Gut wrenching. Breathtaking. Raw.
“This is What Happens to Pretty Girls” hits on all the right points, becoming one of the most respectful and powerful representation of the #metoo movement I have seen to date. It helped localise and humanise the issue, depicting the multifaceted, grey topic that is sexual assault. I was left drained from the emotional journey and found myself holding back tears.
Written by local playwright Ken Kwek, the play revolves around eight characters who get entangled in a web of pain, shame and heartbreak.
The script was brilliantly written, using localised phrases and teachings we are all too familiar with. It was shocking the number of times I forgot I was watching a play; it was as if I was there, a witness to their story. No word, phrase or response felt out of place. At the same time, these were phrases or quotes that were all too familiar in our upbringing and day to day life. They echoed the unintentionally misogynistic beliefs and values we hear every day, that made the #metoo movement a necessity in our society. In the end, everything was jarringly familiar, and unapologetically raw.
The characters felt genuinely human, with every conversation feeling so true that you can’t help but get emotionally invested in their journey. Through those journeys, you get to watch the development of the characters as well. The depth of their personalities and struggles is built up progressively, allowing us to make sense of who they are as people. I could feel them shift and respond to changing circumstances, going from shocked to guilty, even bravado to wreck as the dilemmas evolved over time. The characters felt as real as the people we interact with every day.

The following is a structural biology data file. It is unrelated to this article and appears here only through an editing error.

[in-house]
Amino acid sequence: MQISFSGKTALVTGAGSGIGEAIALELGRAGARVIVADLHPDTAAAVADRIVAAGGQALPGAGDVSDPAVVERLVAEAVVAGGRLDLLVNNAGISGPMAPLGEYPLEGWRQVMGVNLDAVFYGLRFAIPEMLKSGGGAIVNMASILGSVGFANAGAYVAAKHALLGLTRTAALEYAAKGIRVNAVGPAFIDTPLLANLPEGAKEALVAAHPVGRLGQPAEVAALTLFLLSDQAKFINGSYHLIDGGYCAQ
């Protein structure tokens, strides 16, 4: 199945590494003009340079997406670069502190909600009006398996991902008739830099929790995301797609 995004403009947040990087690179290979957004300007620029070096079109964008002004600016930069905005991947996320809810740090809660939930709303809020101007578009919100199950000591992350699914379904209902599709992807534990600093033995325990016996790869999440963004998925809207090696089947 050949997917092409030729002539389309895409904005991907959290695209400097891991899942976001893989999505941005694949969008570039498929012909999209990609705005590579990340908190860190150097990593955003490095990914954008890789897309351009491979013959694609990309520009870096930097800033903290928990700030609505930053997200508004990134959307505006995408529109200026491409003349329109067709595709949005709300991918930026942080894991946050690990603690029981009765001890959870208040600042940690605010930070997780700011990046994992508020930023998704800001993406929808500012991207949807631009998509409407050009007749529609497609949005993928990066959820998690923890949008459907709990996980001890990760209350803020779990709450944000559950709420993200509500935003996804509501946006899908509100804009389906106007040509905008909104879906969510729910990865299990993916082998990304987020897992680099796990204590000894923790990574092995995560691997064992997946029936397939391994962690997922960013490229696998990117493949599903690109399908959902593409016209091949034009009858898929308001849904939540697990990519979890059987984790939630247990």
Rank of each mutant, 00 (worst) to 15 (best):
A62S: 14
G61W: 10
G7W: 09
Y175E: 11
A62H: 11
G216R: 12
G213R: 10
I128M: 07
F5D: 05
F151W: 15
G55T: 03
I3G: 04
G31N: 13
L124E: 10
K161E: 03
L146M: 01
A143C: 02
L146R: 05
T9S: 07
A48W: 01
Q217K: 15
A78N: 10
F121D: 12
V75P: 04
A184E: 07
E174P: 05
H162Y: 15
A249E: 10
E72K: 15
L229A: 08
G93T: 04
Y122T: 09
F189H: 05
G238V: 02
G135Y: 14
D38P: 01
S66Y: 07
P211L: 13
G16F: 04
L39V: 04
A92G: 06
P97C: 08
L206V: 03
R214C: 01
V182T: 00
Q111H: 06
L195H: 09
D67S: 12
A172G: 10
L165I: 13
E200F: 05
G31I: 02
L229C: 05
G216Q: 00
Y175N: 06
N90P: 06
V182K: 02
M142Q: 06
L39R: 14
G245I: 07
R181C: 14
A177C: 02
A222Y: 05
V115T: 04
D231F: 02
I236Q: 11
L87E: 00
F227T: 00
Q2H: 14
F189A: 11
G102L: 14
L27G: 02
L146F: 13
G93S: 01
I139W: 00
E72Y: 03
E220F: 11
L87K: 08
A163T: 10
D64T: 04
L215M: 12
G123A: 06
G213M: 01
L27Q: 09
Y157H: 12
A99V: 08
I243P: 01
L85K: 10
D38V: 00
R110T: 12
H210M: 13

In fact, all of the characters did remind me of people I have met at work, at school or even within my own family. I resonated with their struggles, at a level I did not anticipate and still struggle to put to words my feelings about the plots (which we promised to Adrian Pang not to spoil).
The Scenes and Sets
The set was simple yet universal, enabling minimal set changes throughout the 2-hour long play. With the plot being as complex as it was, it was a blessing that transitions were quick, enabling the audience to draw parallels between the different plot lines, building on both the scale and complexity of the stories at hand.
At times, audio played from different directions, showing the positions of characters when out of sight. It allowed for interactions and a sense of continuity that would not be possible otherwise.
The play sets out to depict the greyness of sexual assault/harassment and society’s response to both aggressor and victims. It very clearly shows the social structures and beliefs that have allowed the problem to persist generation after generation. It has gone above and beyond to display the human aspect of the issue at hand, even some aspects we have never considered before.
Though they infused some simple, light-hearted comedy, most of the play was heavy and at times, hard to watch. But it should be. For the topic is exactly that, heavy and hard to face. The ending was appropriate, reminding us that the battle is never truly over. Society has a long road ahead, to improve on an issue that has existed for generations, and we all have a role to play in that change. This play had done an amazing job, shedding light on a human experience many societies shun and try to keep hidden at all costs.
P.S: the show can be quite triggering for those who may have experienced some form of sexual harassment or assault. They do have staff on hand to help, but this play may not be suitable for everyone.
“This is What Happens to Pretty Girls” is currently staging at Drama Centre Theatre until 26 May, 2019 (Tue –Sat 8PM, Sat –Sun 3PM) with tickets from $25-$75.